The national accounts for Q1 2017 released by the National Bureau of Statistics show that the textile, apparel and foot wear segment grew by 1.2% y/y and contributed 23% to the manufacturing sector. It is the second largest contributor to Nigeria's manufacturing sector. Undoubtedly, there is still room for improvement.

In June, the BUA group announced its intention to invest in a US$500m textile and garment cluster in Katsina State. This cluster is projected to house 500 SMEs. Apart from the direct benefits the state stands to gain such as job generation as well as improved internally generated revenue, there would also be a positive impact on the economy as a whole.

Nigeria's fashion industry has experienced considerable growth with an increased number of fashion houses across the country (predominantly in Lagos). Although very good quality and trendy styles are obtainable, the prices are not always budget-friendly. Designers often blame the cost of imported fabrics and labour for the high prices allocated to their ready-to-wear garments. Based on the inflation reports released by the NBS since the start of this year, on a m/m basis, the price of clothing and footwear in the inflation basket has experienced a steady increase (i.e. since January to May), with the average for the five months at 1.3% m/m.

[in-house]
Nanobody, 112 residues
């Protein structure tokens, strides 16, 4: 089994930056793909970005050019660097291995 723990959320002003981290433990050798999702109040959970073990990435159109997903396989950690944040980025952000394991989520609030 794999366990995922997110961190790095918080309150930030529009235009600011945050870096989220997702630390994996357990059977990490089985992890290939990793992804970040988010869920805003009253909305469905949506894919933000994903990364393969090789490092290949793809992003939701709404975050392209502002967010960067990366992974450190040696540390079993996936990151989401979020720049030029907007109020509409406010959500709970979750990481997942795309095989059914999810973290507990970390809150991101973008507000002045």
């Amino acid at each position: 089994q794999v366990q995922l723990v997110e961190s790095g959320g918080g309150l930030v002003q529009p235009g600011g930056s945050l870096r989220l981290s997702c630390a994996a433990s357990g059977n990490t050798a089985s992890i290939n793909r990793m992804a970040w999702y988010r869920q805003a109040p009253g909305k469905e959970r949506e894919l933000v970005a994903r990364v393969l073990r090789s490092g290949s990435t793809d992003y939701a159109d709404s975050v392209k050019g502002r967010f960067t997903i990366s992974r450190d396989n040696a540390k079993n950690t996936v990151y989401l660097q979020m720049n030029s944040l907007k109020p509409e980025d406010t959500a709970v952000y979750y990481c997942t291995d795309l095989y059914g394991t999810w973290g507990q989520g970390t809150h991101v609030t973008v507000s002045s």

Indeed, a shift in mindset has been observed as Nigerian nationals are increasingly patronising African prints such as the "Ankara" which has also gained grounds on the global fashion scene. In addition to ready-to-wear garments, this fabric is used for accessories, footwear and in some cases household décor. The Lagos Ankara festival is set to hold in Q3 this year and promises to act as a catalyst geared towards stimulating activities within the industry.

Another development comes from Vlisco Group, the manufacturer of Dutch wax prints. The group signed an MoU with the Nigerian government in 2015 and is training tailors across the country. Vlisco has two factories and more than 30 retail stores in Africa. It plans to open its third factory in Nigeria.